MH17 air disaster
Western intelligence agencies believe the aircraft was shot down by the rebels with a surface-to-air missile supplied by Russia.Reuters

A mystery benefactor has offered $30m (£18.4m) bounty for information on whom shot down the Malaysia Airlines flight MH17 in eastern Ukraine last July.

The bounty was offered to Wifka, a Germany-based fraud investigation company, to prompt anyone to come forward who has information about who brought down the aircraft, which was carrying 298 people from Amsterdam to Kuala Lampur.

The mystery client has also offered a new identity to any informant.

Josef Resch of Wifka told German finance magazine Capital that one of the middlemen spoke in a Swiss accent.

He added he's confident the offer is real as the money is already on deposit in a Swiss bank in Zurich and he received an advance payment of €40,000 (£24,000, $51,567) for his services.

Speculating about the possible identity of the client, Resch said it could be a Russian oligarch who wants to damage Russia's President Vladimir Putin.

The plane crashed in pro-Russia rebel-held city of Donetsk, 40 km from the border with Russia. Western intelligence agencies believe the aircraft was shot down by the rebels with a surface-to-air missile supplied by Russia.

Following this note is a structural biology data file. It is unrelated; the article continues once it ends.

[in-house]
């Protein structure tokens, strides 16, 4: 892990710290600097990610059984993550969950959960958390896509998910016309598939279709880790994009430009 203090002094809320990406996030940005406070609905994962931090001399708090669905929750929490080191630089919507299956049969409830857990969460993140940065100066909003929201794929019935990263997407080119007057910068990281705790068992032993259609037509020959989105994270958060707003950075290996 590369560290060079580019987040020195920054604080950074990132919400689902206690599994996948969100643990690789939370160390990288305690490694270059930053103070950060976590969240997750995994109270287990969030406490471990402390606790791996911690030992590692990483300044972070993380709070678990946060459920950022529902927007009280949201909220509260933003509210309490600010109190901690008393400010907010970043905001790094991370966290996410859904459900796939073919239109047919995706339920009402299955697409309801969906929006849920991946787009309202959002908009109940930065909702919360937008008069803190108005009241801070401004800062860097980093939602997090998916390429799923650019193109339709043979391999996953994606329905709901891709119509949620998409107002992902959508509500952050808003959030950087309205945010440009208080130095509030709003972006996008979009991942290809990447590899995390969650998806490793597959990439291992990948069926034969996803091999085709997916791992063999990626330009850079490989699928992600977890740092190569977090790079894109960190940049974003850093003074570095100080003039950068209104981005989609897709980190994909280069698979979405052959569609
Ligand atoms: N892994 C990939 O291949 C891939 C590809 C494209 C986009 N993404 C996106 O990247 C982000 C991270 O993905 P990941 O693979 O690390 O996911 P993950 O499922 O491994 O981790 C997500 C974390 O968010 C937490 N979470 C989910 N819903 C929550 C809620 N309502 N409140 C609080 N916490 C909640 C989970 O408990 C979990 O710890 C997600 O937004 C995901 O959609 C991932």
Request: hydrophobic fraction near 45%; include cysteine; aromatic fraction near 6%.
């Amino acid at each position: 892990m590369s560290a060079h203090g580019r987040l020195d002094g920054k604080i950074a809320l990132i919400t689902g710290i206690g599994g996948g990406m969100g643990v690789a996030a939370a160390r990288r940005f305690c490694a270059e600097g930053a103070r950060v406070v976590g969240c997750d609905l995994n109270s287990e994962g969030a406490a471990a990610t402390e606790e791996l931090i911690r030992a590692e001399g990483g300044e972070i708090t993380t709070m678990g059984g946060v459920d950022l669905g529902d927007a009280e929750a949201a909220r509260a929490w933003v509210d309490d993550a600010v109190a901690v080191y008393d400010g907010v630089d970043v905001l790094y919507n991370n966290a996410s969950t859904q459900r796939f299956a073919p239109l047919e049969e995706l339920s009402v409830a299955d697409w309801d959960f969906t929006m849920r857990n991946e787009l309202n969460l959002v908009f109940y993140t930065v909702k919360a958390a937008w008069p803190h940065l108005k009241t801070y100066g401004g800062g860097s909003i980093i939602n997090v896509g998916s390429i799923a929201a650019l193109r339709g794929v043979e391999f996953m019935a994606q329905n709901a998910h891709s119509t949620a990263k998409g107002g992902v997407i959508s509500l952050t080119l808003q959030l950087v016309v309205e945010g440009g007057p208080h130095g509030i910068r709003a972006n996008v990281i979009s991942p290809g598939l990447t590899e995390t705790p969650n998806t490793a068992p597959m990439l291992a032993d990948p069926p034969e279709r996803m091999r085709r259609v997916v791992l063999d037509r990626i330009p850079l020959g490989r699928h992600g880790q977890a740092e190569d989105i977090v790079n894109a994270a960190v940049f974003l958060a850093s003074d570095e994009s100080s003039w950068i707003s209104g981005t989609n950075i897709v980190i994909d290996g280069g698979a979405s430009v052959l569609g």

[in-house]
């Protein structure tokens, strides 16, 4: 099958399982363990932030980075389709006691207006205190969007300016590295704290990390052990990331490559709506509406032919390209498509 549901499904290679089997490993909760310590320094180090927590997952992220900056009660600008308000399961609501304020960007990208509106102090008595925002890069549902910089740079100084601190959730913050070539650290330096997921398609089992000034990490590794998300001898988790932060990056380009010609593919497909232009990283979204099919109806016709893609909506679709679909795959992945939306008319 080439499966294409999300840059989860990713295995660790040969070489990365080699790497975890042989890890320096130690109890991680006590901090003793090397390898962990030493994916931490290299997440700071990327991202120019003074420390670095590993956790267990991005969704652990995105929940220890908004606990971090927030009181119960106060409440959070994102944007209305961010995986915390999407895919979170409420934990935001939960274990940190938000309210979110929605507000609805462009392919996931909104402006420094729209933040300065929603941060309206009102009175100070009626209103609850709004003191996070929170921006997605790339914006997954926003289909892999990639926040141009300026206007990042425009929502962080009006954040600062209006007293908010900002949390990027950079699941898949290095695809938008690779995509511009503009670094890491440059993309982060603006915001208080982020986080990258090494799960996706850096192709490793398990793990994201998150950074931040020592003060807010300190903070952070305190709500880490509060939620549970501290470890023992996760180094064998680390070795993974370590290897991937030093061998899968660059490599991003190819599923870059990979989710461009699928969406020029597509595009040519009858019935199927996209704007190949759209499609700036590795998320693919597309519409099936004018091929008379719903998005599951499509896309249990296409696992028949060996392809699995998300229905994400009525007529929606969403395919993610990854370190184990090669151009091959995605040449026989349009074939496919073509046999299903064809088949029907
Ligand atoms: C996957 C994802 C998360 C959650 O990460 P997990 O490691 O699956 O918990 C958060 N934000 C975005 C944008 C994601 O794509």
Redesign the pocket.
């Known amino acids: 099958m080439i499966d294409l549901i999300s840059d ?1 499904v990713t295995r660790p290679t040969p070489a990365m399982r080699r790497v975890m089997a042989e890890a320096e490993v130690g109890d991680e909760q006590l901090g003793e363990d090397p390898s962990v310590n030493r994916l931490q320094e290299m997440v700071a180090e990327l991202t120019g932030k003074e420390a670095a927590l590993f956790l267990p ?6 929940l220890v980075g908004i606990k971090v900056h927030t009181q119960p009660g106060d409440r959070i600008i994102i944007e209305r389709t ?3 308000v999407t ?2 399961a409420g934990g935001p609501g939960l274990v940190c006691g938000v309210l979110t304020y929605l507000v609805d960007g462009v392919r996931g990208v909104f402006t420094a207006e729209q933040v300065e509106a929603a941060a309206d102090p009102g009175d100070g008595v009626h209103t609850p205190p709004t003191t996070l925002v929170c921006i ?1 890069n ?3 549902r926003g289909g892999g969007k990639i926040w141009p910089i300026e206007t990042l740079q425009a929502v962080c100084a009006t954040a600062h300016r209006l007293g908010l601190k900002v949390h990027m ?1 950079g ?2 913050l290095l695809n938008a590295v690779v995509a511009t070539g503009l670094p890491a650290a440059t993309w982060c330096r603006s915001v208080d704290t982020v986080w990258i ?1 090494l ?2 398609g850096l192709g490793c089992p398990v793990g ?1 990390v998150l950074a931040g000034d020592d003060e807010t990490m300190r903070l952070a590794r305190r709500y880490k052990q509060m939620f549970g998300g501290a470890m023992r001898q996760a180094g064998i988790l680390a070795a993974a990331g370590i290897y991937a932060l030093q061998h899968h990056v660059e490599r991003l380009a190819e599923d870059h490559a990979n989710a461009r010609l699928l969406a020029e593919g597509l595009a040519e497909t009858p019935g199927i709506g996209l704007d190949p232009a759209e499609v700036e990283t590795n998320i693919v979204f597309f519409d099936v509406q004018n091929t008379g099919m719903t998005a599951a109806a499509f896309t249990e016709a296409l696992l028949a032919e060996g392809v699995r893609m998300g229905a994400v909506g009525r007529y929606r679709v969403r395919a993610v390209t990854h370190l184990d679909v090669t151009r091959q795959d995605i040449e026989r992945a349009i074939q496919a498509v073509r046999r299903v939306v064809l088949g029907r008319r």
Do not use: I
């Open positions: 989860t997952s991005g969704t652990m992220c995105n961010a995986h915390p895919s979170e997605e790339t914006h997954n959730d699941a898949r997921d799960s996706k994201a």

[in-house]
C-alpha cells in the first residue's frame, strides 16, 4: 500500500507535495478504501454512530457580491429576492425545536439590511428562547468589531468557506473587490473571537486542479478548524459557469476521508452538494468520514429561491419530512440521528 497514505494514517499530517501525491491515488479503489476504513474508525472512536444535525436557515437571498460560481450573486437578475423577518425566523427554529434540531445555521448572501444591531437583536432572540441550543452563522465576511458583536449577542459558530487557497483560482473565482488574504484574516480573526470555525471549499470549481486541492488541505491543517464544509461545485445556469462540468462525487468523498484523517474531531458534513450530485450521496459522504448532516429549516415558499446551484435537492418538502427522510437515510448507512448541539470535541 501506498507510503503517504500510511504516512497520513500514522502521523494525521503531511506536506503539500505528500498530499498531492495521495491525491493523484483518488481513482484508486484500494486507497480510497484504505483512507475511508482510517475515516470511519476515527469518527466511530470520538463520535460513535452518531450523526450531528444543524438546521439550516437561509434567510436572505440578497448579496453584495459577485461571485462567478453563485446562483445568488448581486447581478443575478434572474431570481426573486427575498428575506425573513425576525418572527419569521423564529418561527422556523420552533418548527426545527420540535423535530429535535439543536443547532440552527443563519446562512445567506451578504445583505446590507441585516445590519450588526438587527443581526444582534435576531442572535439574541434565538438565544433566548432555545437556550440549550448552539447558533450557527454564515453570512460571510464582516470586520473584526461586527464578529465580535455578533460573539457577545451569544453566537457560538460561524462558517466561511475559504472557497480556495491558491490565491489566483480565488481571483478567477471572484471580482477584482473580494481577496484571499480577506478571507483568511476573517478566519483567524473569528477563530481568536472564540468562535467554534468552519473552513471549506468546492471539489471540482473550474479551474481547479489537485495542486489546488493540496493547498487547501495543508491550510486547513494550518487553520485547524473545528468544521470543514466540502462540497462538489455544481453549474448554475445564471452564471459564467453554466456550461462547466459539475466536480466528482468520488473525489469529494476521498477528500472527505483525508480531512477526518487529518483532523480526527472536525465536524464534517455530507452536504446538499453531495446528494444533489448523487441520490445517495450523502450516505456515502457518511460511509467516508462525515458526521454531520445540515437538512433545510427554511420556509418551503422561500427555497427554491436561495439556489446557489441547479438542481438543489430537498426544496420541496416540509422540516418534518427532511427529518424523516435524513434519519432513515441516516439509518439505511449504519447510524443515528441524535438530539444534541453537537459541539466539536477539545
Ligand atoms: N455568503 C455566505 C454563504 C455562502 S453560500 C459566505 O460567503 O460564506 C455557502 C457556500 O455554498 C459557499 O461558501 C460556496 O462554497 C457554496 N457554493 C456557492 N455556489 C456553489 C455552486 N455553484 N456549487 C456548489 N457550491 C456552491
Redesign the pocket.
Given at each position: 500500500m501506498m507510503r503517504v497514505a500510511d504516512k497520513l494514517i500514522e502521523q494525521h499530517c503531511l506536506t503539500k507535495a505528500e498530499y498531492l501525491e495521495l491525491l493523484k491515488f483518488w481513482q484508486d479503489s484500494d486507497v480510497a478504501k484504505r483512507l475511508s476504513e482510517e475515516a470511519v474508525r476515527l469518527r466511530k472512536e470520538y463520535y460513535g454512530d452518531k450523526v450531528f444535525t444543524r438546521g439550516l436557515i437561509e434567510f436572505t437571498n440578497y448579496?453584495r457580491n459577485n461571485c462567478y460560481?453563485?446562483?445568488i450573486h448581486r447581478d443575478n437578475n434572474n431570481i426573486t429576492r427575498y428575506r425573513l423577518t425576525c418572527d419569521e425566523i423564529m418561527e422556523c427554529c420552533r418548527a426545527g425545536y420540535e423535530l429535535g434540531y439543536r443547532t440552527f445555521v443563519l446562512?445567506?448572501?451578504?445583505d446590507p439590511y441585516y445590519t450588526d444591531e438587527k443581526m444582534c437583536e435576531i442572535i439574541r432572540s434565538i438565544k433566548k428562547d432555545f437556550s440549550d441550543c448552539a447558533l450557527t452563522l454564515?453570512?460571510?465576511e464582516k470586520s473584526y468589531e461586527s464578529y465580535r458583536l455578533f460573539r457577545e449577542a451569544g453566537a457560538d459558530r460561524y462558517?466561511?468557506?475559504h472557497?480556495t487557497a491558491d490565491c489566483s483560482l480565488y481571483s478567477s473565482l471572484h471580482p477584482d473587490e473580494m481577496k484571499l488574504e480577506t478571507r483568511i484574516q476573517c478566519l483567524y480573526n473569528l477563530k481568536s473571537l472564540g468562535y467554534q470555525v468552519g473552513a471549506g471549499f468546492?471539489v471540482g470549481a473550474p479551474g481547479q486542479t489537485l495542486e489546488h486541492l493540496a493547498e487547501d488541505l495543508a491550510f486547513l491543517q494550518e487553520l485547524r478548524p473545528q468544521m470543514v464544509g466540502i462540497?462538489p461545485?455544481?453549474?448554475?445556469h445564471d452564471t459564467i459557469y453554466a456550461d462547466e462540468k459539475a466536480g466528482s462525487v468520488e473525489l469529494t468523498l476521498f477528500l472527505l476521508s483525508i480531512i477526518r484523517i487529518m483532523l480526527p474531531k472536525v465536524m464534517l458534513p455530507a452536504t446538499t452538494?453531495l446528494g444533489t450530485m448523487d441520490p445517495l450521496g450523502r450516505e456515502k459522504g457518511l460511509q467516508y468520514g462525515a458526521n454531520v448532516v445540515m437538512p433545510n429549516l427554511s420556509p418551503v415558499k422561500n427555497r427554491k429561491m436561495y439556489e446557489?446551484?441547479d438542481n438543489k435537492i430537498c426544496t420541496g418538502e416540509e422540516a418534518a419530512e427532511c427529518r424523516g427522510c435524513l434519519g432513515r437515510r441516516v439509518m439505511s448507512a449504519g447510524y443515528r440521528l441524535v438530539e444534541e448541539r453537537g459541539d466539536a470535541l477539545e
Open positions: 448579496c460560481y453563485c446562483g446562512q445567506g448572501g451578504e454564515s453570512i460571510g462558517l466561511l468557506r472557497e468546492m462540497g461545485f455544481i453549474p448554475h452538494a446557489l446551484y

Resch added he was not ruling anyone out, not even intelligence agencies.

Wifka said in an online statement that after the plane crashed "all political parties, at home and abroad, said they owed it to the victims, their families and the public to clarify the circumstances of the crash and present evidence for what happened. None of this has yet been done."

A preliminary report by the Dutch Safety Board (DSB) into the crash ruled out technical faults or actions by the crew. It said the plane broke up in the air due to "a large number of high-energy objects" that penetrated it from the outside.

Biggest bounties in history

The mysterious offer is the biggest bounty ever.

The second-largest sum of money given for this purpose amounted to $25m (£15.3m), offered by the US in 2001 for information about Osama Bin Laden's whereabouts.

German-Finnish internet entrepreneur Kim Dotcom offered $5m for information to prove the US government acted illegally when assembling a copyright infringement case against him in 2012.

Conservative NGO Voters Trust, offered $1m bounty for "smoking gun" information proving the IRS or members of the Obama administration targeted Tea Party affiliated groups.

Bounty Hunter website recently offered $16,891 (£10354) to catch whoever hacked into the email accounts of Satoshi Nakamoto, the fabled creator of bitcoin and Roger Ver, a bitcoin investor.